WASHINGTON — House Speaker Paul D. Ryan faces his first big test as Congress stares down a deadline to do something that has become increasingly difficult: pass a bill to fund the government.

With just seven workdays remaining before the Dec. 11 deadline, the new speaker will aim to leverage his political honeymoon into a strategy that will avoid another federal shutdown.

But already Ryan is under pressure to tack on a host of Republican policy provisions to the $1.1 trillion spending bill, among them efforts to defund Planned Parenthood, halt the entry of Syrian refugees into the U.S. and repeal the Affordable Care Act.

Forcing any of those extras into the bill might bolster support from conservatives, but it would also unleash a backlash from Democrats, setting up a showdown in Congress and with the White House.

“We obviously have difference of opinions on all of these big issues,” Ryan said Tuesday, declining to explain how they might be resolved.

The Wisconsin Republican received an assist from House Majority Leader Kevin McCarthy of California, the No. 2 Republican, who suggested Monday that the Dec. 11 deadline to pass a spending bill might slip to Dec. 18, allowing more time to get rank-and-file Republicans on board.

Leaders need to tamp down Republican dissent over what will likely be a compromise with Democrats.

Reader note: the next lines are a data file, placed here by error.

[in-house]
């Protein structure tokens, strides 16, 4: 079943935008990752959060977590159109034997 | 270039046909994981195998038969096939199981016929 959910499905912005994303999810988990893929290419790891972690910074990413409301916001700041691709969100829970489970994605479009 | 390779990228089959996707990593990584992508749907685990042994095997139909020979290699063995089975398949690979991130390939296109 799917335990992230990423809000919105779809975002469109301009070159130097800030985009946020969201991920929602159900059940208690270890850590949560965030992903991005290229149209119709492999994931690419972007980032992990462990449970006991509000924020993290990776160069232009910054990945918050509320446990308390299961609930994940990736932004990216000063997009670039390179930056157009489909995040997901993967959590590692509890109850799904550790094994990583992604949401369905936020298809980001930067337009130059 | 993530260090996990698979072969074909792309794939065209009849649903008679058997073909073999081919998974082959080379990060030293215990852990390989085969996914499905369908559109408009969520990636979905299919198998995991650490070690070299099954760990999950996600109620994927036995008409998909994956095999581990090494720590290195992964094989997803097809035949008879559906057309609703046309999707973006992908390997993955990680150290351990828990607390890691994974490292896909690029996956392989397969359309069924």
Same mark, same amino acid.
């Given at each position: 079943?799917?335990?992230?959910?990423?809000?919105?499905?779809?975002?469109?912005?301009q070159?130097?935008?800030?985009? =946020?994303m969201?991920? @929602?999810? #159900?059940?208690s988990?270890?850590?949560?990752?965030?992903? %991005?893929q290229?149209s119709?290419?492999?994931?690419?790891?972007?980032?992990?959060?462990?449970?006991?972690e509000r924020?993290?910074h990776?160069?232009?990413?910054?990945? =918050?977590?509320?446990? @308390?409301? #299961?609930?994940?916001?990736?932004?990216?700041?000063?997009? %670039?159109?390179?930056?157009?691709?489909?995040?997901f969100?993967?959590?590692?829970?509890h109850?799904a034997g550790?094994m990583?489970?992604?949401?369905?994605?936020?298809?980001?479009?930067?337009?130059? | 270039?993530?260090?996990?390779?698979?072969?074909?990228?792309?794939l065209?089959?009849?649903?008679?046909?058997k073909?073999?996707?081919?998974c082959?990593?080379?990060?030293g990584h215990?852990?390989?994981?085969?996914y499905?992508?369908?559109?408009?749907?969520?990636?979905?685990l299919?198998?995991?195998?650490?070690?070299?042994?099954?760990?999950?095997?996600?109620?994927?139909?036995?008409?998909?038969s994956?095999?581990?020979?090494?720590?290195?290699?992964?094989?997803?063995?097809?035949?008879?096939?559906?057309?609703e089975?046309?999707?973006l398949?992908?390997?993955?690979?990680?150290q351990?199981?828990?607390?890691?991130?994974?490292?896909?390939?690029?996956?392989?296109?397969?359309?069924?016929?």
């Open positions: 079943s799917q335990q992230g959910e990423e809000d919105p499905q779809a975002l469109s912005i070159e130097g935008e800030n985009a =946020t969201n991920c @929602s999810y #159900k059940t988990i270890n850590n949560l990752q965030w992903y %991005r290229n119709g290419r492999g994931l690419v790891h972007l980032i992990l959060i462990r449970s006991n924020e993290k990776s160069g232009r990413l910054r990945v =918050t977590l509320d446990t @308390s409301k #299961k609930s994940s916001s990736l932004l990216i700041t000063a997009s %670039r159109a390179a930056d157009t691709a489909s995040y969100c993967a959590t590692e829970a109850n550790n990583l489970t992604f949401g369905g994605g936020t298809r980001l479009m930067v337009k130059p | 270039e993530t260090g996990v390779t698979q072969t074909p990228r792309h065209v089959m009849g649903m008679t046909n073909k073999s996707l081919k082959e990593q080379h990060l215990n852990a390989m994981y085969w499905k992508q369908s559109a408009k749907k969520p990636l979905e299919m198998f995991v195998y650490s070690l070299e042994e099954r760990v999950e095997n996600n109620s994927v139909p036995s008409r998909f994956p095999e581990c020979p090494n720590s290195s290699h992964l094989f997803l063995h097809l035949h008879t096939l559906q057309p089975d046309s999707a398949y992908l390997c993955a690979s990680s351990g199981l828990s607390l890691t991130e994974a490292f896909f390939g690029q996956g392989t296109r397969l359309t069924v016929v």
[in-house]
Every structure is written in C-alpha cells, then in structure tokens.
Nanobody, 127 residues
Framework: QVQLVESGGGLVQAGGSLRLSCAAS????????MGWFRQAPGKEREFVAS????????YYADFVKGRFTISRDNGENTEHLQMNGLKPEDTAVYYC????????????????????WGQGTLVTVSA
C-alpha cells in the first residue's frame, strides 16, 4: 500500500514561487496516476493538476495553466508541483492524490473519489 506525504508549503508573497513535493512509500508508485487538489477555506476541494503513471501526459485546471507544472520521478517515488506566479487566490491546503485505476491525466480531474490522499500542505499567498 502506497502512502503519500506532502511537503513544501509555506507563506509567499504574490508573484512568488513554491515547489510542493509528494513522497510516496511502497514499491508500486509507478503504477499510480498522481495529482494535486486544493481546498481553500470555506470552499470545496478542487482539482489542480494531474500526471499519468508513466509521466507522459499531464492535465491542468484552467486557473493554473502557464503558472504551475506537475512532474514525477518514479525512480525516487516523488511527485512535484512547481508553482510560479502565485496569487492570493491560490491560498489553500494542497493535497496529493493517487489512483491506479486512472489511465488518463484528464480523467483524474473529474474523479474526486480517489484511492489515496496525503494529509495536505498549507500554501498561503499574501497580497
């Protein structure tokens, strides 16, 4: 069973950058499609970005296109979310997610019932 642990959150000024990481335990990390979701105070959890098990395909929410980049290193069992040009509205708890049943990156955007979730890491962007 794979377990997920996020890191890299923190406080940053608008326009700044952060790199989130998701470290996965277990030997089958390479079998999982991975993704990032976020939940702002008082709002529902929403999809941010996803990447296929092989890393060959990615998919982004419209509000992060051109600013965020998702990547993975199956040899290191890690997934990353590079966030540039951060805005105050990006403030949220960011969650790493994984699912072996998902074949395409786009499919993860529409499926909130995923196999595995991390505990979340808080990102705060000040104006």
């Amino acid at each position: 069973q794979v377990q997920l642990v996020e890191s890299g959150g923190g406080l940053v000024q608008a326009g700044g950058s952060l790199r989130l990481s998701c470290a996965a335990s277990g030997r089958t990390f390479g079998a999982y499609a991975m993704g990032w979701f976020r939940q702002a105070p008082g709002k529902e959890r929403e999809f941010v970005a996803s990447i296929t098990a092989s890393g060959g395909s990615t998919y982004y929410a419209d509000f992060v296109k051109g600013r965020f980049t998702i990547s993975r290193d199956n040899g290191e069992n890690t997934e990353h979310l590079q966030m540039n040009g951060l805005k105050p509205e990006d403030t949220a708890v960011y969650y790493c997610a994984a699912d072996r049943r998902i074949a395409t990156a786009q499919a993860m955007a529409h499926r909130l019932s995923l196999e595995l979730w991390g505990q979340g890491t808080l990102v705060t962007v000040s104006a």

President Obama previously said he would not sign another temporary funding bill beyond the one that runs out Dec. 11, but the White House softened that Monday, opening the door for a stopgap measure for just a few days.

The days ahead will be pivotal for Ryan, who has enjoyed mostly positive reviews since he took over for beleaguered House Speaker John Boehner this fall.

But Ryan’s leadership has not yet been seriously tested.

“I say with some confidence that the newly elected speaker of the House doesn’t want to preside over a government shutdown six weeks into his tenure,” White House press secretary Josh Earnest said.

Just two months ago, the funding fight over Republican efforts to defund Planned Parenthood, led in part by Sen. Ted Cruz, R-Texas, the presidential candidate, helped push Boehner out of office. Conservatives rallied opposition to Planned Parenthood after secretly recorded videos showed officials for the family planning organization discussing the use of fetal tissue for research.

Boehner decided to resign after conservatives threatened to oust him for refusing to engage in a protracted fight that could have resulted in a shutdown.

Hoping to avoid a similar outcome and unite the fractious GOP majority, Ryan vowed to change the culture of House leadership, mainly by meeting the Republican lawmakers’ demands to be more involved in the decision-making process.